The end result would mean that this type of wood should be availble for about on third of the price of ipe.


    Bookmark   October 22, 2006 at 5:36PM
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O Man,,I am so usta seeing that up in the woods of Oregon only 3-4 species were considered marketable all the oak including Chinkapin,all the maple,any cedar but red cedar in fact I have seen them leave sound doug fir logs if they coudent get a full truck load all were pushed up and burned its a bad deal. Its all about money of course.

One third the price of ipe,thats about the same $ as preasure treated with out all the hassle and wonderment as to how long it will last. Ghesssss its a in a perfect world kinda thing but its compltley in range of what we have now to build these projects to last 100s of years.

There might be a way but even East Teak as big as they are has to look real close at the bottom line and marketing. money money money ghessssss J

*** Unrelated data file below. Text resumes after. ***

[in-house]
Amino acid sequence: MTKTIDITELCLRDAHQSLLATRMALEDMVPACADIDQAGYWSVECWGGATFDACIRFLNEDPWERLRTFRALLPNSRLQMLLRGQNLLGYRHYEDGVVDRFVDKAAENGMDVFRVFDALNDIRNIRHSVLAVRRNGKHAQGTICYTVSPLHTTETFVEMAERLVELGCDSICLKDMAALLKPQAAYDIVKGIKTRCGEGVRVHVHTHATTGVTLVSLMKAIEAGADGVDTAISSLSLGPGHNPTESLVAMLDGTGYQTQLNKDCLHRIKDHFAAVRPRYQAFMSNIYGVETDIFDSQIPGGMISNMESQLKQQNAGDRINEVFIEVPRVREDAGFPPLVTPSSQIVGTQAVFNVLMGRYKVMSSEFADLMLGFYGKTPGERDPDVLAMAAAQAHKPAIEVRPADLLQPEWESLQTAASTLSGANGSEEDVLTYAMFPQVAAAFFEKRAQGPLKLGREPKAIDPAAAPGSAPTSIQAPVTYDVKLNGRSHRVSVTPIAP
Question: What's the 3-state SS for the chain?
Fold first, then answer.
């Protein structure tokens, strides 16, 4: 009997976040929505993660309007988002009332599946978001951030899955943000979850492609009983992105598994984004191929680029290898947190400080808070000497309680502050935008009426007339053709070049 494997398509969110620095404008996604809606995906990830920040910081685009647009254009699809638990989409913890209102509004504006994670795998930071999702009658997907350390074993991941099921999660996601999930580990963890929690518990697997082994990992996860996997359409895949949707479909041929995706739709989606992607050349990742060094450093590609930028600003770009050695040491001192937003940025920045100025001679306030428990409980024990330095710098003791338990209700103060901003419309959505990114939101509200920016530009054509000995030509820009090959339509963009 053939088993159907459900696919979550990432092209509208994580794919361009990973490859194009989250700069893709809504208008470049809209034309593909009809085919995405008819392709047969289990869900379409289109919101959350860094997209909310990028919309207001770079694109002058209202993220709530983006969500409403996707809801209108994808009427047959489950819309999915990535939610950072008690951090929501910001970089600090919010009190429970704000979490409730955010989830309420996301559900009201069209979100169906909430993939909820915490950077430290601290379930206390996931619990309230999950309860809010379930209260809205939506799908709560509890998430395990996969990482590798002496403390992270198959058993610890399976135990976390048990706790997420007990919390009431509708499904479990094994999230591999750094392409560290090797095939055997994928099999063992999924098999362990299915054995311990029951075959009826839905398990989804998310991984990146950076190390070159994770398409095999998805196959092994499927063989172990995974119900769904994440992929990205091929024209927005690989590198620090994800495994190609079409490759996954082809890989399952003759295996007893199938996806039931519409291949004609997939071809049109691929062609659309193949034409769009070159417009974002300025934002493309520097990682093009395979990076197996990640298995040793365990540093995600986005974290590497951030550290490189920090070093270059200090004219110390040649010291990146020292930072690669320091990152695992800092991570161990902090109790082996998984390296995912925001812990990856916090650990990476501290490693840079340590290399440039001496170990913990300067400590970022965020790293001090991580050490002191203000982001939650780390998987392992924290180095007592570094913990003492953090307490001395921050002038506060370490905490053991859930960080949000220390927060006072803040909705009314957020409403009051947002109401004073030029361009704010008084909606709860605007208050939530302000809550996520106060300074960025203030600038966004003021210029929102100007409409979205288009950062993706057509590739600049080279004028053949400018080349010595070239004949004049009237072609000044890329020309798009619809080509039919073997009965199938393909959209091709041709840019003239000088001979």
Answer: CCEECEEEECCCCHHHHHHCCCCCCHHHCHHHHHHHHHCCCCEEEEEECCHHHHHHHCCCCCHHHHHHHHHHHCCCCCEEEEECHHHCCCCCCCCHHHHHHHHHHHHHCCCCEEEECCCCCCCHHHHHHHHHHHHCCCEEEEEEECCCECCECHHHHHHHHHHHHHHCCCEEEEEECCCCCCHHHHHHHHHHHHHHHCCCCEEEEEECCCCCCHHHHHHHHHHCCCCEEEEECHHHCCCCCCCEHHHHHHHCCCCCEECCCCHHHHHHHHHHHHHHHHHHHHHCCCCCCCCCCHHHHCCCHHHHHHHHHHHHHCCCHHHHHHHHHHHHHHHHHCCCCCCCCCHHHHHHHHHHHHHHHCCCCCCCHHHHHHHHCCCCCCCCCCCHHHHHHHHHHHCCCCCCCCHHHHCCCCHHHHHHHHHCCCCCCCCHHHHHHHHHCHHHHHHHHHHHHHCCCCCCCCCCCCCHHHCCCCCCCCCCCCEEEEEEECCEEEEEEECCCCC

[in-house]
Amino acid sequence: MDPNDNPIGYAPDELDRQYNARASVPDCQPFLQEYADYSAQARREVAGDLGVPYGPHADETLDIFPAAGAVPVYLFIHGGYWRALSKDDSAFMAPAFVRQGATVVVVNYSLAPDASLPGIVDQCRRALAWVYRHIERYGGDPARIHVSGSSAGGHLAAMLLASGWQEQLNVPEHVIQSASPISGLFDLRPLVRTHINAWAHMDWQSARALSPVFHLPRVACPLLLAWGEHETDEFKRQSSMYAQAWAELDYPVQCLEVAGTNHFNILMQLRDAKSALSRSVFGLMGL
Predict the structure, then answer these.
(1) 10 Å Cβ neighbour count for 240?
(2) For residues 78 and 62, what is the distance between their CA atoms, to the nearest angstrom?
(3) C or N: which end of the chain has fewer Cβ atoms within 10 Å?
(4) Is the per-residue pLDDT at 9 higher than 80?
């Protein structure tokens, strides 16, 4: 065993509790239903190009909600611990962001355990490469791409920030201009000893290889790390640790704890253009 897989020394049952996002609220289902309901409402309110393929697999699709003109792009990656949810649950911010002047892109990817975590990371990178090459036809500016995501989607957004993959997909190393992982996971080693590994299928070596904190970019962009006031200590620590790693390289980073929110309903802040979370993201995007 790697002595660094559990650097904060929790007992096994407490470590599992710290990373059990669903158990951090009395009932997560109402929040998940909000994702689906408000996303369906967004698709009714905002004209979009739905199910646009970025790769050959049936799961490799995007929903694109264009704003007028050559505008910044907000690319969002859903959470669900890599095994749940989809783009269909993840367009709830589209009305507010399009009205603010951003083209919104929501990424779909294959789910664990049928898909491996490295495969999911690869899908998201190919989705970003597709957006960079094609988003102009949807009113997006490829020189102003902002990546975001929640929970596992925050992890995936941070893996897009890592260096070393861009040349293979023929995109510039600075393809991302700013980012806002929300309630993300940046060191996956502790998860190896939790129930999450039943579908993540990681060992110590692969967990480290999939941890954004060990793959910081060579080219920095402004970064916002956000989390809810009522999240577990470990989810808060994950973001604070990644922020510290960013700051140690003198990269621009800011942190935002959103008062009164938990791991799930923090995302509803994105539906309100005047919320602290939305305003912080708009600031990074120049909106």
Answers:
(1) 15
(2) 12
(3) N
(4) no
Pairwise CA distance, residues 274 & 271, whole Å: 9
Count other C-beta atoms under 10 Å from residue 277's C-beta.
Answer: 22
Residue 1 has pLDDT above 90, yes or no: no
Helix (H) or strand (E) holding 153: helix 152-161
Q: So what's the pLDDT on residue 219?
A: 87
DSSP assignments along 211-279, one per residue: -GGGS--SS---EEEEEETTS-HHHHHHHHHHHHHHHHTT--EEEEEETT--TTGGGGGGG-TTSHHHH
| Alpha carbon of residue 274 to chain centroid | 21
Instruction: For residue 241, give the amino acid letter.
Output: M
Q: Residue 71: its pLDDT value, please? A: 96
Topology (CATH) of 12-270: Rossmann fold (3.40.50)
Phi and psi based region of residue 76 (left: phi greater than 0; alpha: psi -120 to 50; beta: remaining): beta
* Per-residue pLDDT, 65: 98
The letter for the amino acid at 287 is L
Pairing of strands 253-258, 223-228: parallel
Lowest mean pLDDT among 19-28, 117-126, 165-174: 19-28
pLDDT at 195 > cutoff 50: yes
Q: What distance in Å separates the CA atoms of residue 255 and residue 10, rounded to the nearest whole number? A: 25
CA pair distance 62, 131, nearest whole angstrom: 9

Bookmark   October 22, 2006 at 6:15PM
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Thanks for the input. We have approximately 80 species of trees growing in the forest that are suitable for lumber applications. But, only about a dozen are used for the most part. Under sustainable forestry guidelines you are allowed to harvest between 5 and 10 trees per acre depending on the size of the trees. There is a minimum tree diameter of 50 cms approximately and a maximum harvest permited of 30 m3 of trees per hectare, about 2.6 acres I believe. In a real good forest you might get up to 50 percent of this amount of high end trees, like ipe, jatoba (brazilian cherry in flooring), cumaru, muiracatiaia (tiger wood), and massaranduba. That leaves the other species which frequently are difficult to market. They are frequently used for railroad ties and there is some market for pilings. The dutch will take enormous quantities of this type of wood as I mentioned. They are the second largest importers of tropical wood in Europe after the French.